My friend Claudine is a 40-something New York yoga teacher who’s lived in three countries and spent six months trekking solo around Southeast Asia. She’s stayed in hotels, ashrams, campgrounds and hostels, but she’s never been on a cruise. So when I invited her to join me on a two-night jaunt to nowhere on Royal Caribbean’s new Anthem of the Seas, she was eager.
However, as a traveler whose only cruising reference was The Love Boat, she was also skeptical. But she hadn’t even been on board for two hours when she texted me: “I think I like this cruising thing!” Here, in Claudine’s words, is why:
Anthem of the Seas was, frankly, nicer than any hotel I’ve stayed in! I was pleasantly surprised by how large the cabins were (almost as big as my New York City studio) and by the amount of storage space. I loved having a balcony, but I could have been happy in one of those “virtual balcony” inside cabins, where, instead of a window, there’s an LED screen on the wall that broadcasts images of outside.
I also appreciated all the contemporary art and techy novelties like the robotic bartenders at Bionic Bar. And Spectra, an ’80s-themed dance and music revue, was the furthest from a cruise-ship show I could have imagined.
Usually I have to leave my hotel to have fun, but on Anthem, the fun came to me! It’s as if the ship is the destination itself (it’s really more of a hotel than simply a mode of transport) and all the sights are on the other side of your cabin door.
I was expecting little more than shuffleboard and card games, but there were bumper cars, skydiving, surfing and the North Star observation capsule – things I’d probably never try on a traditional vacation if I had to plan and pay for them individually. On Anthem, I didn’t have to do either.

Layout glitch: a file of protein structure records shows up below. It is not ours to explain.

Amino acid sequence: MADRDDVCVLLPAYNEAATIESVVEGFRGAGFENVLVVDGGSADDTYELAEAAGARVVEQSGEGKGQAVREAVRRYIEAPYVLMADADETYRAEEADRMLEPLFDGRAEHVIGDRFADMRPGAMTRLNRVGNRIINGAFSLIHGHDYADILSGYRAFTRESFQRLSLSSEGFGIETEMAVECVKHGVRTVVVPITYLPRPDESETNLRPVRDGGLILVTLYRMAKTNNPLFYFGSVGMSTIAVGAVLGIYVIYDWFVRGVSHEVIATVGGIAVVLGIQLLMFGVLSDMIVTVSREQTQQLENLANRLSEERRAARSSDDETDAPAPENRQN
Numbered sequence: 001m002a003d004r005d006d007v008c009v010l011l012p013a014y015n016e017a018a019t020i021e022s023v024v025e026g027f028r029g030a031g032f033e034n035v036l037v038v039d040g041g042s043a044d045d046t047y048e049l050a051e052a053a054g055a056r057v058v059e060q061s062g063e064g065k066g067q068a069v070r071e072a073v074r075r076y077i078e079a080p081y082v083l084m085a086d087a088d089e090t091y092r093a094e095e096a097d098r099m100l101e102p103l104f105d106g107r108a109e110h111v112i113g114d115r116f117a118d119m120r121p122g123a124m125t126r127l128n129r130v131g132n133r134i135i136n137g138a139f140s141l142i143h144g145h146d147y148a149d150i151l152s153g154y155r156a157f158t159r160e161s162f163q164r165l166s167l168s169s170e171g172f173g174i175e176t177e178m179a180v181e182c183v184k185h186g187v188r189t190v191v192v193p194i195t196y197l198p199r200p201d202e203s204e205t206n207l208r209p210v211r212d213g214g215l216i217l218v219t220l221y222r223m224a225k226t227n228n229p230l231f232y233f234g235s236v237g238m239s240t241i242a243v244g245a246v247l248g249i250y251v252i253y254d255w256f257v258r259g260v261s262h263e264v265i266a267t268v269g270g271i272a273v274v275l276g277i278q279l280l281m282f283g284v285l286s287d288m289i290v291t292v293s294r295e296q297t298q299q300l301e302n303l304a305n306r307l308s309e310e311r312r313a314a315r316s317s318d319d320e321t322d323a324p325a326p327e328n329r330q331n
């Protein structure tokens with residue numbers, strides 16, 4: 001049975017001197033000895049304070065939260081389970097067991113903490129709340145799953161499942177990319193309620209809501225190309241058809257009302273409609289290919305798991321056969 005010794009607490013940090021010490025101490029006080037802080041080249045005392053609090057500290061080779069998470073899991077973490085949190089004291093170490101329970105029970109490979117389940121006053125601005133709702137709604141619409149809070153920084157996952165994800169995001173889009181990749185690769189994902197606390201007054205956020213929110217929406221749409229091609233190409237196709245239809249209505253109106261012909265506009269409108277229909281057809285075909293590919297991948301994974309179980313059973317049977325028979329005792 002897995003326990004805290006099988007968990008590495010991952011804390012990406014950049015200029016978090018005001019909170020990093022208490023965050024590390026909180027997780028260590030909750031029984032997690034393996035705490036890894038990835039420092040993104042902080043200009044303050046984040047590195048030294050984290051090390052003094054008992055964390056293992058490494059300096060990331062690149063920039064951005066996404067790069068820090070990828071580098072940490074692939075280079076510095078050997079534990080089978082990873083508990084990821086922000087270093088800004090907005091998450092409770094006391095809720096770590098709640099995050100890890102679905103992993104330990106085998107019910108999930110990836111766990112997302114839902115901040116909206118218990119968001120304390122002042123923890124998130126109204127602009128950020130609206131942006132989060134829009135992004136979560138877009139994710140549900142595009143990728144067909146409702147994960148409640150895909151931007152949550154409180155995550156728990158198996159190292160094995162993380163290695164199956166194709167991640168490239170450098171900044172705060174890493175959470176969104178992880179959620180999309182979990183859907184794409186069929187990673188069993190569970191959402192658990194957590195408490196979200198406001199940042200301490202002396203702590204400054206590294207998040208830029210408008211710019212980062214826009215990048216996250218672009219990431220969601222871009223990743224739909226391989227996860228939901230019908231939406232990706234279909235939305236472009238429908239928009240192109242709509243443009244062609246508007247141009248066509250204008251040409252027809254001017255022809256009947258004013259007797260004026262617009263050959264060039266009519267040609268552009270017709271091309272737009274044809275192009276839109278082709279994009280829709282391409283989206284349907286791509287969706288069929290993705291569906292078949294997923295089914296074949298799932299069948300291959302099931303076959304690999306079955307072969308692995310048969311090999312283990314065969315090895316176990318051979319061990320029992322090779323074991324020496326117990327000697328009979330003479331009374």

Honestly, I’d been expecting a nondescript dining room and a tired buffet with bad-for-you food. Instead, there were more than a dozen beautifully decorated restaurants that could hold their own against any in New York (I loved Silk and Wonderland).
And as a vegetarian, I was pleased to see delicious non-meat options at all the places I tried. But I think the biggest surprise was the Windjammer Marketplace buffet, which was not only huge but had an abundance of healthy choices.
Contrary to what I’d heard, you don’t have to gain weight on a cruise!
When I learned that the ship could carry more than 4,000 passengers and was bigger than the Waldorf Astoria, I imagined myself waiting in line for everything and being constantly lost. Neither fear turned out to be true.
We made reservations for dinner and for popular activities like the RipCord by iFly simulated skydiving, and we were always accommodated on time. Even for the buffet or service at Michael’s Genuine Pub, I waited no longer than I would have in any bar or restaurant in the city. I think it’s because there are so many choices on board that no single place ever gets overcrowded.
And as for getting lost, I never was! Each deck is so unique it’s like being in a different neighborhood. The Royal Esplanade on deck 5, with its shops and bars, reminded me of Midtown, while deck 3 felt a bit like Times Square with the glitzy Casino Royal, Music Hall and The Royal Theater. Despite its size, I found the ship really easy to navigate (the touchscreen directional displays and plentiful signage helped). Now, if I can only learn which way’s port and which way’s starboard, I’ll be golden!